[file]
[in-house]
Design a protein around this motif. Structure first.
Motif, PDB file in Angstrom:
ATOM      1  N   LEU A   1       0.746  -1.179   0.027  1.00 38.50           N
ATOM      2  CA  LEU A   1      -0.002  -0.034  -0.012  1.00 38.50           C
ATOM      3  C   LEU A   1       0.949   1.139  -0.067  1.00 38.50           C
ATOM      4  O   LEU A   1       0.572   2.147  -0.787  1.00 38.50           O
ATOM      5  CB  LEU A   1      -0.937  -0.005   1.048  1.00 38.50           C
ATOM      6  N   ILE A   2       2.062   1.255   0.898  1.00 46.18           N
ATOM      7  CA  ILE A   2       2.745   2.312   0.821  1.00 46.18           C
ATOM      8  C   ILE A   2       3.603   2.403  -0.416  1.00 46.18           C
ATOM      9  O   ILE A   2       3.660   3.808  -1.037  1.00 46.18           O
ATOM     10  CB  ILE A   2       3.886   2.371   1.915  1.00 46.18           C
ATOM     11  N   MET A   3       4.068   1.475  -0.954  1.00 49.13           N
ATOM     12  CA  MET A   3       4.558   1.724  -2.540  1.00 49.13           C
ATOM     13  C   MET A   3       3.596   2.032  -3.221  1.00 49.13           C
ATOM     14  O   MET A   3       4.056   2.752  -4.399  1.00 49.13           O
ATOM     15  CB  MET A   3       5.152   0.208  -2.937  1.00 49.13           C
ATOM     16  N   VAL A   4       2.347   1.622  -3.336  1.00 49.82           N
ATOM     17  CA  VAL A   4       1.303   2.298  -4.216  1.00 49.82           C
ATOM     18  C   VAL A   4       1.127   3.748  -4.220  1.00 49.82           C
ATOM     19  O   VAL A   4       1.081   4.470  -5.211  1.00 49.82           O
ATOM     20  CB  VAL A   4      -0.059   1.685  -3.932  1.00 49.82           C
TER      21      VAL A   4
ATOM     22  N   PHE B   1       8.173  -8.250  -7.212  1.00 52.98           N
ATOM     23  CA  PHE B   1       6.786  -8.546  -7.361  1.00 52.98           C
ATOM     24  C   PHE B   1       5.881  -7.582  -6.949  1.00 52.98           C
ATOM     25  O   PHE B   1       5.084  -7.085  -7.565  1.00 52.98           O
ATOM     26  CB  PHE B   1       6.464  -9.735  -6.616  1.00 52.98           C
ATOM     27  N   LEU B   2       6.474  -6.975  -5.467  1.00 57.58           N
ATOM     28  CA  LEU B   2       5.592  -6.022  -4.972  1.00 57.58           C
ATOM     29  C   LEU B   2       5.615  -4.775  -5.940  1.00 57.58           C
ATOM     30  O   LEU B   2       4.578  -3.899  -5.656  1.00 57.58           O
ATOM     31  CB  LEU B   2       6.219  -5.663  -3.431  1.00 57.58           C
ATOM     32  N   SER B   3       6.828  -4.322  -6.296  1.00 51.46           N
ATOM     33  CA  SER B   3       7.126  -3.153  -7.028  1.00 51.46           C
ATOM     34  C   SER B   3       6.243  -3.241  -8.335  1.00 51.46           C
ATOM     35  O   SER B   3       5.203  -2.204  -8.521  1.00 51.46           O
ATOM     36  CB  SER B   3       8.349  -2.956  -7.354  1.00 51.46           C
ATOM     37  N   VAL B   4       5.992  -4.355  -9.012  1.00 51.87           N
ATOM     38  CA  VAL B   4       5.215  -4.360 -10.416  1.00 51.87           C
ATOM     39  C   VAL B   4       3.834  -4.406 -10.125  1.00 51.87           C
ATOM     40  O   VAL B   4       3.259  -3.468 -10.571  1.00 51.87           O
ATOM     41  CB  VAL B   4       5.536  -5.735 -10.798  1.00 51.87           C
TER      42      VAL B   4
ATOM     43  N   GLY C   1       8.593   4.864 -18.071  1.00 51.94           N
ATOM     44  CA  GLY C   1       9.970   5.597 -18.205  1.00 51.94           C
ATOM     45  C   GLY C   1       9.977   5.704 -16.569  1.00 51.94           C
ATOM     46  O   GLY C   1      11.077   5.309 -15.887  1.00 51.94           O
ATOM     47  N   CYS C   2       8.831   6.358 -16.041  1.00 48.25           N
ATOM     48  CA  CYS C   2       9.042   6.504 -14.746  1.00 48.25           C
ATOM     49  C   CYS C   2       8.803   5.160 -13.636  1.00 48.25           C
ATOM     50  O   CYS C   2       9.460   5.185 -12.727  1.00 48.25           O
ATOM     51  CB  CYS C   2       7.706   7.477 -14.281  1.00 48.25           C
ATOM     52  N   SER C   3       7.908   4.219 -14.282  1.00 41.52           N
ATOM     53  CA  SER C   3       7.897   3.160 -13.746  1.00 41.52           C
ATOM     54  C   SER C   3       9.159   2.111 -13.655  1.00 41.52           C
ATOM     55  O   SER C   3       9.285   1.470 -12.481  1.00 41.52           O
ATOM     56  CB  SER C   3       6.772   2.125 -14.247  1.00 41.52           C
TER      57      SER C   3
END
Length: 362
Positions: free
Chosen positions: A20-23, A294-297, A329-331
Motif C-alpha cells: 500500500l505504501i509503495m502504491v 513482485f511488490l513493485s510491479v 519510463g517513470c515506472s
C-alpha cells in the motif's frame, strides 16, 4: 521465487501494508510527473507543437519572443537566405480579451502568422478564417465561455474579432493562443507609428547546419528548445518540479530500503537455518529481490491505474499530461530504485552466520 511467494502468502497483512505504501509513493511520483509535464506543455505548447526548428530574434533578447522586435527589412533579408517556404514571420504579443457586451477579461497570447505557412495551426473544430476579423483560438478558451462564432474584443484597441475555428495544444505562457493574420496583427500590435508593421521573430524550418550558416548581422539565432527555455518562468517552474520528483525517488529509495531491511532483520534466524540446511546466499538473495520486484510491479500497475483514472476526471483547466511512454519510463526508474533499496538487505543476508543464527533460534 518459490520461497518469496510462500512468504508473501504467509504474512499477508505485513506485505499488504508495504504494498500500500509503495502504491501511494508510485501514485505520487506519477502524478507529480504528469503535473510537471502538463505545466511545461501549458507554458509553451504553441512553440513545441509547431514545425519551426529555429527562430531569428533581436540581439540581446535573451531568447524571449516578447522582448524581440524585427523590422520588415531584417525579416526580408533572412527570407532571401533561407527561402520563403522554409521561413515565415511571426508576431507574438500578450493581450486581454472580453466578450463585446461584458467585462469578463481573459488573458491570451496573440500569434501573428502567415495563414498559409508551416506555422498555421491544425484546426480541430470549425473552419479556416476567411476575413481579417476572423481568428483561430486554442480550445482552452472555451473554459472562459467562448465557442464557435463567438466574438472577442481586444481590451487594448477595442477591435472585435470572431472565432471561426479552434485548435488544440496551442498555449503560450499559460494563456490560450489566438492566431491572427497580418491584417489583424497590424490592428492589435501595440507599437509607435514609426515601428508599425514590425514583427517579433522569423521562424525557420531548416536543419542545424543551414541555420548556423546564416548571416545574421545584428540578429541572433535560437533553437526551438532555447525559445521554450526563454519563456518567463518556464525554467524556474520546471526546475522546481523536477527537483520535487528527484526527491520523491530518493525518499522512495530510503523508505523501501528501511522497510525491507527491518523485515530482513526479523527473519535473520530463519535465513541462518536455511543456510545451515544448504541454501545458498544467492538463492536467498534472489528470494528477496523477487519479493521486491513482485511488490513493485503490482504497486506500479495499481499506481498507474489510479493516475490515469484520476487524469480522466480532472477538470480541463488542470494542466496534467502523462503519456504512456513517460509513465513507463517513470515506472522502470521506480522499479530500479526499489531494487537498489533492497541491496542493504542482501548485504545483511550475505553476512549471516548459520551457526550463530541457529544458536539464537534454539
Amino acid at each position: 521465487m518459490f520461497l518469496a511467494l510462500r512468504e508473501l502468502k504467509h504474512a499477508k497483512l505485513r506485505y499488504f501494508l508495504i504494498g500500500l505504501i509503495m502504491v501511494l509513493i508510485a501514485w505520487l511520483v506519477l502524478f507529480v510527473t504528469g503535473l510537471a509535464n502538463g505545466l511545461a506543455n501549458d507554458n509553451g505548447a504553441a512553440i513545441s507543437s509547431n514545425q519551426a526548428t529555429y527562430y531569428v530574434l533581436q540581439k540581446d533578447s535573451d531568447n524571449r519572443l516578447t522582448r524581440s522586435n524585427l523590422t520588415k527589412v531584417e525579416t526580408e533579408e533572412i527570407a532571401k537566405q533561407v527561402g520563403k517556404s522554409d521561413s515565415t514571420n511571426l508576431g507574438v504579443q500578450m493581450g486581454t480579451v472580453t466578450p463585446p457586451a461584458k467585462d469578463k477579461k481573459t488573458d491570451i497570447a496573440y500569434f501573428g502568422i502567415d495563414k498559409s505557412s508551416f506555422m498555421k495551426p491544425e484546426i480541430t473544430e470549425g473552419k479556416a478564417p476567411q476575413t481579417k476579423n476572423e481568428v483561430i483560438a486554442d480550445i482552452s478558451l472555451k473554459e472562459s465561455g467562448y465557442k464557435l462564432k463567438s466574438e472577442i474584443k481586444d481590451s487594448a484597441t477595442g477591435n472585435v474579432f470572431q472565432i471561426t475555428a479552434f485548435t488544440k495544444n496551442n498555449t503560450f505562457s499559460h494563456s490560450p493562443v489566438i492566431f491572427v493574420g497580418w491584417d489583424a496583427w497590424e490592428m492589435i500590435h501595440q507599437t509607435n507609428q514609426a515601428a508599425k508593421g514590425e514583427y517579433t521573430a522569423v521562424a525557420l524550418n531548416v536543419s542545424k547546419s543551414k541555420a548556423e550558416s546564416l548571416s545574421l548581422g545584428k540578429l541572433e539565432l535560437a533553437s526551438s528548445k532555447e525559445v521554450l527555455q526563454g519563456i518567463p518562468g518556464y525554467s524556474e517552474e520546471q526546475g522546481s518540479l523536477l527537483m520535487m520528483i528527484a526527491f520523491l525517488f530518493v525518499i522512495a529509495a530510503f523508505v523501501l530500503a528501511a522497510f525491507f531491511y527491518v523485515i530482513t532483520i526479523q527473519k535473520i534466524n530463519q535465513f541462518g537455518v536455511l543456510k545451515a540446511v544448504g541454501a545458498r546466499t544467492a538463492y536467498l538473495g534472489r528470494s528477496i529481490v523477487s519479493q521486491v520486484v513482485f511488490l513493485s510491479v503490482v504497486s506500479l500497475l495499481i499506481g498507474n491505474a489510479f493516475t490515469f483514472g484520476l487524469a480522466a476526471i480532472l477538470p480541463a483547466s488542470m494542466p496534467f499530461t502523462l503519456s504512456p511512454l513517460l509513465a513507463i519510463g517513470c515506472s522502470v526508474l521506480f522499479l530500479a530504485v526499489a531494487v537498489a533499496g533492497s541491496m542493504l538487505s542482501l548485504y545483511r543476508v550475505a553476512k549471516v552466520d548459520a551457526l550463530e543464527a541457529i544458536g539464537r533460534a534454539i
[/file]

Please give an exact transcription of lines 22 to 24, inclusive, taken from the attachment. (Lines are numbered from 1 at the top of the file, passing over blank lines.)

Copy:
ATOM     19  O   VAL A   4       1.081   4.470  -5.211  1.00 49.82           O
ATOM     20  CB  VAL A   4      -0.059   1.685  -3.932  1.00 49.82           C
TER      21      VAL A   4